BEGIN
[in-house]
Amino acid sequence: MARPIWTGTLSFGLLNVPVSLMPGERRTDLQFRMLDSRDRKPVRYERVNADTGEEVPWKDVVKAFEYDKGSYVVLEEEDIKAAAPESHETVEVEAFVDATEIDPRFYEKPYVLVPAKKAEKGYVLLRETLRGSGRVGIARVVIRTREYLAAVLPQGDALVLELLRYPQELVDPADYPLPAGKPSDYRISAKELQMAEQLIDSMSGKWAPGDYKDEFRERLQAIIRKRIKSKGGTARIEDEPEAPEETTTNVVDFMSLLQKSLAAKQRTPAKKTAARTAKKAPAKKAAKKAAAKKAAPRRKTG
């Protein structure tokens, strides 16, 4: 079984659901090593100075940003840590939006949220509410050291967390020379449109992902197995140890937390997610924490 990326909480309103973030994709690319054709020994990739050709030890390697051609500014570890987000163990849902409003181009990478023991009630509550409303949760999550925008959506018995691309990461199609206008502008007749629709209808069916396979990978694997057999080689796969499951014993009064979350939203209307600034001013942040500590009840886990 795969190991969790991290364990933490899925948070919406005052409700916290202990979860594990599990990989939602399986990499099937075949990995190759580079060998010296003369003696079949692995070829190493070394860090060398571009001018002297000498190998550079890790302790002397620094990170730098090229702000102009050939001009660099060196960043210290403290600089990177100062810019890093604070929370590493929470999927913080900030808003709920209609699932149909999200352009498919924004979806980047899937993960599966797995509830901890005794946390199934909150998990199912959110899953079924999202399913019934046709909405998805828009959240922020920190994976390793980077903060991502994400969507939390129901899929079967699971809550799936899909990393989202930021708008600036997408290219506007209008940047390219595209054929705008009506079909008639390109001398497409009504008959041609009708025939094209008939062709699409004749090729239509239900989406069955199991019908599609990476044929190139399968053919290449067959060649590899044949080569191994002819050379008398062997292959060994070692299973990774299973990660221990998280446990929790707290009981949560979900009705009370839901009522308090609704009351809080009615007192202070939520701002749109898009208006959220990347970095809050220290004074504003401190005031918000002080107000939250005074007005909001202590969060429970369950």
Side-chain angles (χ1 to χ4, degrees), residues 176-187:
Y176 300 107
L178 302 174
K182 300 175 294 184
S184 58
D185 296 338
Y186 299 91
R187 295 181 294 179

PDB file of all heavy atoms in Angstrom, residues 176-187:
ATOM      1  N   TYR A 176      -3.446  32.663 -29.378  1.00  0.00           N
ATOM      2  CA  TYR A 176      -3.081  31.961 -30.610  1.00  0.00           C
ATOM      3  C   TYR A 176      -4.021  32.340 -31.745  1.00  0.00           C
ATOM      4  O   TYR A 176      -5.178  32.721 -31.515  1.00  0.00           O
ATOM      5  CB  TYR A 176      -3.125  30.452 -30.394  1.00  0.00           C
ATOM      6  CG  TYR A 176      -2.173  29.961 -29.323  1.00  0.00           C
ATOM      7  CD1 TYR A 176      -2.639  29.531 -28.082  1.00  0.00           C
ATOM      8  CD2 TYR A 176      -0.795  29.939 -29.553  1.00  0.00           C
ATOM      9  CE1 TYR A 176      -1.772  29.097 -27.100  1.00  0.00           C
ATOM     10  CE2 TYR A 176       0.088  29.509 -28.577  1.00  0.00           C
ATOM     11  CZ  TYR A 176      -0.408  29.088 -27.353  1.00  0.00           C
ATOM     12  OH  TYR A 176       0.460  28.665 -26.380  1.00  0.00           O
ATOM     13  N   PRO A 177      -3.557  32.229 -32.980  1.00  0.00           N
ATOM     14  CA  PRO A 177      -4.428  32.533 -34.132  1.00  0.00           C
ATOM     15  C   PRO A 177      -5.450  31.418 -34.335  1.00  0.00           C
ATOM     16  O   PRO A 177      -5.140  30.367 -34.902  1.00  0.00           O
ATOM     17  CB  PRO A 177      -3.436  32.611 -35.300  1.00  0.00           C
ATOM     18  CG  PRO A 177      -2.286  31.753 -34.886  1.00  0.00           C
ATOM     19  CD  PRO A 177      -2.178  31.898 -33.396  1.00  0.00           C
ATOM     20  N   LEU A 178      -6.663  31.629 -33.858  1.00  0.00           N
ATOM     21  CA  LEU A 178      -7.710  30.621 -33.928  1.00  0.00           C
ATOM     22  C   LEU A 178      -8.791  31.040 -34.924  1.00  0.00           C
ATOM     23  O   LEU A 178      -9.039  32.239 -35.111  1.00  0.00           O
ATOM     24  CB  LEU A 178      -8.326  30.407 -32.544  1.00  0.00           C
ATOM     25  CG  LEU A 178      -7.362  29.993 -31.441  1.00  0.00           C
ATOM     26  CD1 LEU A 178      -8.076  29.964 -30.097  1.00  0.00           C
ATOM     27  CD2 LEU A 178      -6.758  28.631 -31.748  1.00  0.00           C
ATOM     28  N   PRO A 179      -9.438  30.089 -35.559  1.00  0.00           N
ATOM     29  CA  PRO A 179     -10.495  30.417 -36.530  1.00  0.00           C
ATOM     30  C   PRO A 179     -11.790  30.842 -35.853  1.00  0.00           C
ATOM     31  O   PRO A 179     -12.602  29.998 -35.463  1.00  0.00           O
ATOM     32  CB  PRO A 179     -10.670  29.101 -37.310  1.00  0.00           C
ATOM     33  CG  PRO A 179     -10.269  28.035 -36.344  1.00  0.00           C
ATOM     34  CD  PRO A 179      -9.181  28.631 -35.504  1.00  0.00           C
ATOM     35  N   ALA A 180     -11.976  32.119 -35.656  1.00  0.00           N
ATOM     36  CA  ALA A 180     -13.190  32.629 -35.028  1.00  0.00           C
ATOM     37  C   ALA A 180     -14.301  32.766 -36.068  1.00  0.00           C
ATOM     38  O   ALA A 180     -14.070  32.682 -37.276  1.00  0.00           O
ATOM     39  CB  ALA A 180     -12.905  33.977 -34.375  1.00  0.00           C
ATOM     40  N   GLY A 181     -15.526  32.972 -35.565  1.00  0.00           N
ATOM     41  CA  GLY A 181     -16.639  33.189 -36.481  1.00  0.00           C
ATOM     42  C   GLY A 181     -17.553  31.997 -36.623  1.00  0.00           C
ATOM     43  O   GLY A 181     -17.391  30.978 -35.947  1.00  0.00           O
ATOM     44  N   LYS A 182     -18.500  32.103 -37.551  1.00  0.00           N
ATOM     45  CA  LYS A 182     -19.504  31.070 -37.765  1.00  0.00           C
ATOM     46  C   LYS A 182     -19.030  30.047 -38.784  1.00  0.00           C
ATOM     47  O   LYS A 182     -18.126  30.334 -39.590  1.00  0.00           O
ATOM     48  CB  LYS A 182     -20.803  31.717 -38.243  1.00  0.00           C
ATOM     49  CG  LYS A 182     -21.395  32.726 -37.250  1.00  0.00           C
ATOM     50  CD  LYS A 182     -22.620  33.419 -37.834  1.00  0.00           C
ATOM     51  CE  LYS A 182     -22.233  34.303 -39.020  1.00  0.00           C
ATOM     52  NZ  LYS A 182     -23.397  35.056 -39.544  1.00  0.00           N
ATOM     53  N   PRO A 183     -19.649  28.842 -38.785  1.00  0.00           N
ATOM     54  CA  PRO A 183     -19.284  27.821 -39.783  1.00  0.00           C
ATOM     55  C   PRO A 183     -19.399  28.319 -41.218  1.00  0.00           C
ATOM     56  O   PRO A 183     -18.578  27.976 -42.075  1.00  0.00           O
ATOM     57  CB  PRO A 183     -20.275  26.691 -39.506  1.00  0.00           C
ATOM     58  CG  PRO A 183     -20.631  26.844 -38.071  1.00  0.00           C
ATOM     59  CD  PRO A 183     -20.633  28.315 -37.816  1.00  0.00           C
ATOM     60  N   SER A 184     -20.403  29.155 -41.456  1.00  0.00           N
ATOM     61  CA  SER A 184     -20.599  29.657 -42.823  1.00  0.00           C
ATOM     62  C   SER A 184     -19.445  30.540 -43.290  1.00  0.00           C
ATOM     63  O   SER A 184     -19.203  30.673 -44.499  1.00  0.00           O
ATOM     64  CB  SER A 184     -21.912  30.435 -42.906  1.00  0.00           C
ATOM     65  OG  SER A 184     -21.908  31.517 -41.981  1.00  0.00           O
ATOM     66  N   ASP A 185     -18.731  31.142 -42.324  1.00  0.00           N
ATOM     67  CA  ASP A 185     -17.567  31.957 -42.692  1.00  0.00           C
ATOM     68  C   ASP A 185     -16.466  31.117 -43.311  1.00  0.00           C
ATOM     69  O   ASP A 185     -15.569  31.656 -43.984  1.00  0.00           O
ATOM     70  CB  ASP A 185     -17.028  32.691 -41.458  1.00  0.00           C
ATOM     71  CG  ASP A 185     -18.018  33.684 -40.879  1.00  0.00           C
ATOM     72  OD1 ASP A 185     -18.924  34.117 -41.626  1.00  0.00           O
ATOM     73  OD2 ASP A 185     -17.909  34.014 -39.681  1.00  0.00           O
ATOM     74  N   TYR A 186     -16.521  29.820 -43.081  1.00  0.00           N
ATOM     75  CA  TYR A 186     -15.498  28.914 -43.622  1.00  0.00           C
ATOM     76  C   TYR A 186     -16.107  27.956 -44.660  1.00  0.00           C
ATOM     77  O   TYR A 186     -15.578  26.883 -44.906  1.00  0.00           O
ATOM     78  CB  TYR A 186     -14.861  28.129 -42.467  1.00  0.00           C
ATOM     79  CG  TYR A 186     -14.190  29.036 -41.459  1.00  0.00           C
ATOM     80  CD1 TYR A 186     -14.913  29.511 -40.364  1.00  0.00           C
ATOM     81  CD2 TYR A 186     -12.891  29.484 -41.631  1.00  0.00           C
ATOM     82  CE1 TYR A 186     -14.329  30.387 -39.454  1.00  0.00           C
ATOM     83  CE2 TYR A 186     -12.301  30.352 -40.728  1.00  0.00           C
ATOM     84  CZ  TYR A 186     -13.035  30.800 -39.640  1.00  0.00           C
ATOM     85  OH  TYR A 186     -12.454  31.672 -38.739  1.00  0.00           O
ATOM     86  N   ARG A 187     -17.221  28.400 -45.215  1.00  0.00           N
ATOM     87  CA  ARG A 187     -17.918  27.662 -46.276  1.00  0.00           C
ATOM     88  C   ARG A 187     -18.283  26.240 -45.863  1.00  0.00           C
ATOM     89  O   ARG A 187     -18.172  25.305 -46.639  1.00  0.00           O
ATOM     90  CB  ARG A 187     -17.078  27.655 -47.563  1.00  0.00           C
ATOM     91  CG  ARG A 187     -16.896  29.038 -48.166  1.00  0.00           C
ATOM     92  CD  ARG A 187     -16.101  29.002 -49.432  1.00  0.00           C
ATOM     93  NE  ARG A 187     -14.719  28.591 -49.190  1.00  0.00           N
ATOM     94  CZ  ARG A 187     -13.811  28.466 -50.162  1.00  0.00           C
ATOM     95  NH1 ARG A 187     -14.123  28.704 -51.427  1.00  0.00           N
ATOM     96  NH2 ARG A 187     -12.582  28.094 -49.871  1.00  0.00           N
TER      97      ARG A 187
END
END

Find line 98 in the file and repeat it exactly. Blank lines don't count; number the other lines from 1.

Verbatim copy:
ATOM     86  N   ARG A 187     -17.221  28.400 -45.215  1.00  0.00           N